Dentistry and the long tail – 4 Min Read

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Dentistry was a cottage industry (Small businesses of ma and pa owners). Each dentist had his or her flock of 2000 or so patients, and their various dental needs were looked after in a very intimate way. Dentist and patient relationships often lasted 30-40 years.

Fast forward to 2019, and the landscape is very different. Dental corporations and Health fund owned clinics are starting to shake the industry to its very core. The public is slowly having to turn to large businesses instead of small businesses for their oral health care.

Firstly, let’s consider trust: The following from Edelman. (Edelman Trust Barometer, 2013)
business graphic

Dentistry formerly had a long tail of small business owners. There have always been large clinics but there were so many small practices that collectively still held strong. This long tail is slowly being outcompeted and swallowed by big businesses. The tail is becoming smaller and the industry is becoming very top heavy.

Trust in big businesses is low in developed countries as shown above. This is predominantly due to short vs long term thinking. Big businesses are overly incentivised to think short term; Pleasing shareholders and CEO bonuses at the macro level. Weekly patient numbers, billing targets and sliding pay scales for dental practitioners at the micro level. Small businesses though having none of those rigid demands and incentives, usually survive on small numbers of highly loyal, long term patrons.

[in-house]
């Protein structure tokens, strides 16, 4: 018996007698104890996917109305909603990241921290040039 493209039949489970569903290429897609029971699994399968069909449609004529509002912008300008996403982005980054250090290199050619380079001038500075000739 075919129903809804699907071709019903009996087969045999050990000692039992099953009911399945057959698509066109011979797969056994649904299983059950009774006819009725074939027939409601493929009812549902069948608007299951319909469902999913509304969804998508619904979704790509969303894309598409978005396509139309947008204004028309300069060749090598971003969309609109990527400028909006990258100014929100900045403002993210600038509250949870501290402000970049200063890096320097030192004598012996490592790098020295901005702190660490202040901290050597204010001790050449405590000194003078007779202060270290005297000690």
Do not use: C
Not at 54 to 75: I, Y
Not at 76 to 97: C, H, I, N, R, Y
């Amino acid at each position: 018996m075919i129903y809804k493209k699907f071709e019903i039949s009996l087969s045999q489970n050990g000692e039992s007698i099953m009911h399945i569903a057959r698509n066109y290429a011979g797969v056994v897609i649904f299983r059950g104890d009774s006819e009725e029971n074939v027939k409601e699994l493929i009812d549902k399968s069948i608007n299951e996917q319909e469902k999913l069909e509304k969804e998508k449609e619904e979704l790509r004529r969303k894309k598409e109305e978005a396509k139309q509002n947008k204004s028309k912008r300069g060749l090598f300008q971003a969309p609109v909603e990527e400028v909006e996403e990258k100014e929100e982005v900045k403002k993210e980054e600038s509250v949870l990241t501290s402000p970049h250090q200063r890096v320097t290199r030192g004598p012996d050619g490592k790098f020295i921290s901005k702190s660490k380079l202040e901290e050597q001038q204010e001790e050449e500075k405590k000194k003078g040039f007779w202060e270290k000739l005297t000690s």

Just to set my interests straight, Dental on Flinders is a small business owned and operated by me and my family. My sole motivation to setup shop in an ultra-competitive market in 2014 was to escape corporate scrutiny and practice dentistry in the way I wanted to treat my patients. I thought and still think there is a market for that. Through honesty, transparency and valuing the long-term over the short, I think both the dentist and the patient will benefit greatly. I’d much rather have a patient that’s going to be loyal for 30 years than focus on any short-term incentives.

The influence of corporations and health funds in dentistry is a passion of mine and I’ll write more about that in the coming weeks and months.

Trust Small businesses.

TLDR: Dentistry landscape is changing rapidly. It’s shifting from a small business industry to a big business / health insurance industry at breakneck speed.

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Being a dentist in the Melbourne CBD, many of Melbourne’s great attractions are at the doorstep of our dental clinic. Admire the architecture of Flinders St. Station, shop in the Collins St. or Bourke St. shopping precincts or simply have a barista made coffee and relax along Degraves St.